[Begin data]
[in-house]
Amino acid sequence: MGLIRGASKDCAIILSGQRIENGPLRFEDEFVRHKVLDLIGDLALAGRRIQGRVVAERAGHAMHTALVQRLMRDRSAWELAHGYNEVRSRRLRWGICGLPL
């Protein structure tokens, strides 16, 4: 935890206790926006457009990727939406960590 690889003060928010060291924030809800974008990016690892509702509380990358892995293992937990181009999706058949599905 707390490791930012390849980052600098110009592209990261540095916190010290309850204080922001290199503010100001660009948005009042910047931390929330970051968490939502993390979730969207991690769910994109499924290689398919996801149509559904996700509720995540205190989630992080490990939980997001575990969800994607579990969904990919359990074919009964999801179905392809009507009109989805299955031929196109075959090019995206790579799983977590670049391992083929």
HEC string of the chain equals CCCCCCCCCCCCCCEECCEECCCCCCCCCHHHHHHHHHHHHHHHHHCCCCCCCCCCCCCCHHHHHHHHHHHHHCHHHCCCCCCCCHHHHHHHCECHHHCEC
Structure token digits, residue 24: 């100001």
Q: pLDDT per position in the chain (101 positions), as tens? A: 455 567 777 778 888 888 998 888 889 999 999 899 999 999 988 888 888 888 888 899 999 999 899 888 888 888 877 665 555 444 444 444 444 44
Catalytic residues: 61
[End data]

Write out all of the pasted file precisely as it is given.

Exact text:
[in-house]
Amino acid sequence: MGLIRGASKDCAIILSGQRIENGPLRFEDEFVRHKVLDLIGDLALAGRRIQGRVVAERAGHAMHTALVQRLMRDRSAWELAHGYNEVRSRRLRWGICGLPL
């Protein structure tokens, strides 16, 4: 935890206790926006457009990727939406960590 690889003060928010060291924030809800974008990016690892509702509380990358892995293992937990181009999706058949599905 707390490791930012390849980052600098110009592209990261540095916190010290309850204080922001290199503010100001660009948005009042910047931390929330970051968490939502993390979730969207991690769910994109499924290689398919996801149509559904996700509720995540205190989630992080490990939980997001575990969800994607579990969904990919359990074919009964999801179905392809009507009109989805299955031929196109075959090019995206790579799983977590670049391992083929």
HEC string of the chain equals CCCCCCCCCCCCCCEECCEECCCCCCCCCHHHHHHHHHHHHHHHHHCCCCCCCCCCCCCCHHHHHHHHHHHHHCHHHCCCCCCCCHHHHHHHCECHHHCEC
Structure token digits, residue 24: 């100001």
Q: pLDDT per position in the chain (101 positions), as tens? A: 455 567 777 778 888 888 998 888 889 999 999 899 999 999 988 888 888 888 888 899 999 999 899 888 888 888 877 665 555 444 444 444 444 44
Catalytic residues: 61